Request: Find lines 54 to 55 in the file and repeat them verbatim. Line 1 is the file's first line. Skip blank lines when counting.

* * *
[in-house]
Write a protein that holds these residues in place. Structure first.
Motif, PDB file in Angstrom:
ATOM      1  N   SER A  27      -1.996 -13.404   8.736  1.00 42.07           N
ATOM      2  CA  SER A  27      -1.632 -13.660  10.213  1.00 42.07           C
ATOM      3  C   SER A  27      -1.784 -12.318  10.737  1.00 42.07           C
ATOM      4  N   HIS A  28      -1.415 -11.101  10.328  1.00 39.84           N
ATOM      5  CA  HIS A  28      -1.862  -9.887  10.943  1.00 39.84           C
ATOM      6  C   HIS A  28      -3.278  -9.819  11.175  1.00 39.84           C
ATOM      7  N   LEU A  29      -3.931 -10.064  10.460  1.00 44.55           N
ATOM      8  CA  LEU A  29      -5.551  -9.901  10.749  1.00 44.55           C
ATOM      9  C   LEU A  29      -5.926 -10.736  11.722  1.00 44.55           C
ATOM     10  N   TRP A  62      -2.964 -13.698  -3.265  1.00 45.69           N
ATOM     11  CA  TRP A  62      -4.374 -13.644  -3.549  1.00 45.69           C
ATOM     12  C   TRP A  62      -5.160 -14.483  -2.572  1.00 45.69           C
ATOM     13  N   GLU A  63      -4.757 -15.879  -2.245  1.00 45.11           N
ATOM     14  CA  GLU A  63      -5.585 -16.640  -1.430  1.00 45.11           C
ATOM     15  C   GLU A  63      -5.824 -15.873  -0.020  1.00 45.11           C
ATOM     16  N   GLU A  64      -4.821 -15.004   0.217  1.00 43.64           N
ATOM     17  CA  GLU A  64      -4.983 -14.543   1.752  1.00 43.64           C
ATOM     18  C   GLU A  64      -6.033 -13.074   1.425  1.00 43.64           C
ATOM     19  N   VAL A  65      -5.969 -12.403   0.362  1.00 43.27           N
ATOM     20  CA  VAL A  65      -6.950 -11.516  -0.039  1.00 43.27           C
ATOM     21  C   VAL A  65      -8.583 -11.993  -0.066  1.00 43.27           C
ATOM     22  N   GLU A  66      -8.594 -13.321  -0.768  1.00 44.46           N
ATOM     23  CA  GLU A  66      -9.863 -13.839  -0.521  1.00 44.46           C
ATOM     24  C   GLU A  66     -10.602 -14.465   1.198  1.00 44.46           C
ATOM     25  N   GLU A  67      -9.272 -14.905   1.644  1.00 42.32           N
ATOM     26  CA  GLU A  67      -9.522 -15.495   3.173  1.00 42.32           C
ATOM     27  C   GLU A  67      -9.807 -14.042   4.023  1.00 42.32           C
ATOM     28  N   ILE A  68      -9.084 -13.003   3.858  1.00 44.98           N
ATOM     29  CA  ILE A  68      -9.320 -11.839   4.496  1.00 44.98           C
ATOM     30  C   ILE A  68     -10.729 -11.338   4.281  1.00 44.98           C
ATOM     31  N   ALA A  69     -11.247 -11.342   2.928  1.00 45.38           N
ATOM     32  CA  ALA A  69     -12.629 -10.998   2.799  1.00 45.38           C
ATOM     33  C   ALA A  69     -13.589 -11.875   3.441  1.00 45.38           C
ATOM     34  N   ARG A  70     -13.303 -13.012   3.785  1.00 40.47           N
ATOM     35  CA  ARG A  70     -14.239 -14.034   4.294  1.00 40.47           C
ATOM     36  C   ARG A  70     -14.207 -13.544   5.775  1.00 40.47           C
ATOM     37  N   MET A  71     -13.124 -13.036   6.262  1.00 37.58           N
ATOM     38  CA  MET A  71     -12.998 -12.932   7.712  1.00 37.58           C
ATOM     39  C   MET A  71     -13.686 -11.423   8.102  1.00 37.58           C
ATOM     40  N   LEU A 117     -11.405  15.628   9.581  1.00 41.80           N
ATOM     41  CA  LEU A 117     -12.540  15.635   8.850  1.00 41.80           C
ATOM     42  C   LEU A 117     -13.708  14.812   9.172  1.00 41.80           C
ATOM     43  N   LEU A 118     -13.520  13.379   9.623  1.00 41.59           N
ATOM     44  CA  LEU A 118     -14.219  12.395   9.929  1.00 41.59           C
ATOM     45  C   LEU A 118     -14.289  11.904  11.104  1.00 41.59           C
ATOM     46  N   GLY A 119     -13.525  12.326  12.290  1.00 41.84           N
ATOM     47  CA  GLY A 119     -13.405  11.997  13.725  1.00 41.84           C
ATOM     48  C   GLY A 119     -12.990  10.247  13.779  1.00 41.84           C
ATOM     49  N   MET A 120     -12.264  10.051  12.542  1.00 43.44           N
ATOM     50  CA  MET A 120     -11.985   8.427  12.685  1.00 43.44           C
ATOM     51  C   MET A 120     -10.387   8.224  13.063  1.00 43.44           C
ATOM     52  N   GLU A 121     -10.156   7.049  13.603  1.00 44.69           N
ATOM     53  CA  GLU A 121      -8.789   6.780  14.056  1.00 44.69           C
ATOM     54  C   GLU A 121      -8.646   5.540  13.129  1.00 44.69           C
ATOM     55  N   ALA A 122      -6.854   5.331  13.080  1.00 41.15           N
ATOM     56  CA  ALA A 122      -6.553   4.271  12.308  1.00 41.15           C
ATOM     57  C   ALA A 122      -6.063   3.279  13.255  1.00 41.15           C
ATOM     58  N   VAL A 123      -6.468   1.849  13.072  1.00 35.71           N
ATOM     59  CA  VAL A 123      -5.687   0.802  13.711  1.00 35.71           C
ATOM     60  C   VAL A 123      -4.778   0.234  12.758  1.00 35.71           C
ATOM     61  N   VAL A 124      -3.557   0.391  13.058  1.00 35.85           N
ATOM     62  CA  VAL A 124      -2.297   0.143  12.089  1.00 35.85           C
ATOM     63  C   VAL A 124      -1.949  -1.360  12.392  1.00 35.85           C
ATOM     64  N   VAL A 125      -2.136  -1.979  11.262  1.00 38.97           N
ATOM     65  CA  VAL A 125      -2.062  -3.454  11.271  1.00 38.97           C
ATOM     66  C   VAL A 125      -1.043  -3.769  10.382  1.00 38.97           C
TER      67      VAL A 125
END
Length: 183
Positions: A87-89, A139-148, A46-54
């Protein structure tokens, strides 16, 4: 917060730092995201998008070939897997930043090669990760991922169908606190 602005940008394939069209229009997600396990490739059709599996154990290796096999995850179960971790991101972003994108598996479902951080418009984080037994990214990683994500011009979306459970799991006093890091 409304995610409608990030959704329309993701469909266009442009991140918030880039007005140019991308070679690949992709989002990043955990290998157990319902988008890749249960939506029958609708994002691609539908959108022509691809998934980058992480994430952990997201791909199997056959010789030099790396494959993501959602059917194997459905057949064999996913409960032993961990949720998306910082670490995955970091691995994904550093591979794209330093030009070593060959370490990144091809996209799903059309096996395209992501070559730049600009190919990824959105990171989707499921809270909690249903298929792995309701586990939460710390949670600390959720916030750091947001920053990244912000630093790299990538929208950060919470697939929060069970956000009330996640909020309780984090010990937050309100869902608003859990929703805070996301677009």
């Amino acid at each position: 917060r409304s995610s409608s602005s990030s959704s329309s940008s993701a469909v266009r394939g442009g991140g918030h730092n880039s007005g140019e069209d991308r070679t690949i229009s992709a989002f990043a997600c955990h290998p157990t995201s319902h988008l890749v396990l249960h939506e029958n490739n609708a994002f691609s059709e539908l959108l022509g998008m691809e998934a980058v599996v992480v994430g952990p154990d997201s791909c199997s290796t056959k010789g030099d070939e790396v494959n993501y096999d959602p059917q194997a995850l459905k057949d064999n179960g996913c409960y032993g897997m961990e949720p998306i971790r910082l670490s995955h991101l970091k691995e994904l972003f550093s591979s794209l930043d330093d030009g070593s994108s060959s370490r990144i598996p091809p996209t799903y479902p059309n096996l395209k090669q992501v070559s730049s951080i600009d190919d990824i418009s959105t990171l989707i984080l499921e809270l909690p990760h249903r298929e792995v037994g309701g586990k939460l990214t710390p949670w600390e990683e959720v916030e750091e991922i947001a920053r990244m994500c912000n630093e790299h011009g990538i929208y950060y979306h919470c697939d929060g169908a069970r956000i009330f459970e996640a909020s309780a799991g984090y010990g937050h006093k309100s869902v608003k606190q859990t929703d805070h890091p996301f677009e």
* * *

ATOM     51  C   MET A 120     -10.387   8.224  13.063  1.00 43.44           C
ATOM     52  N   GLU A 121     -10.156   7.049  13.603  1.00 44.69           N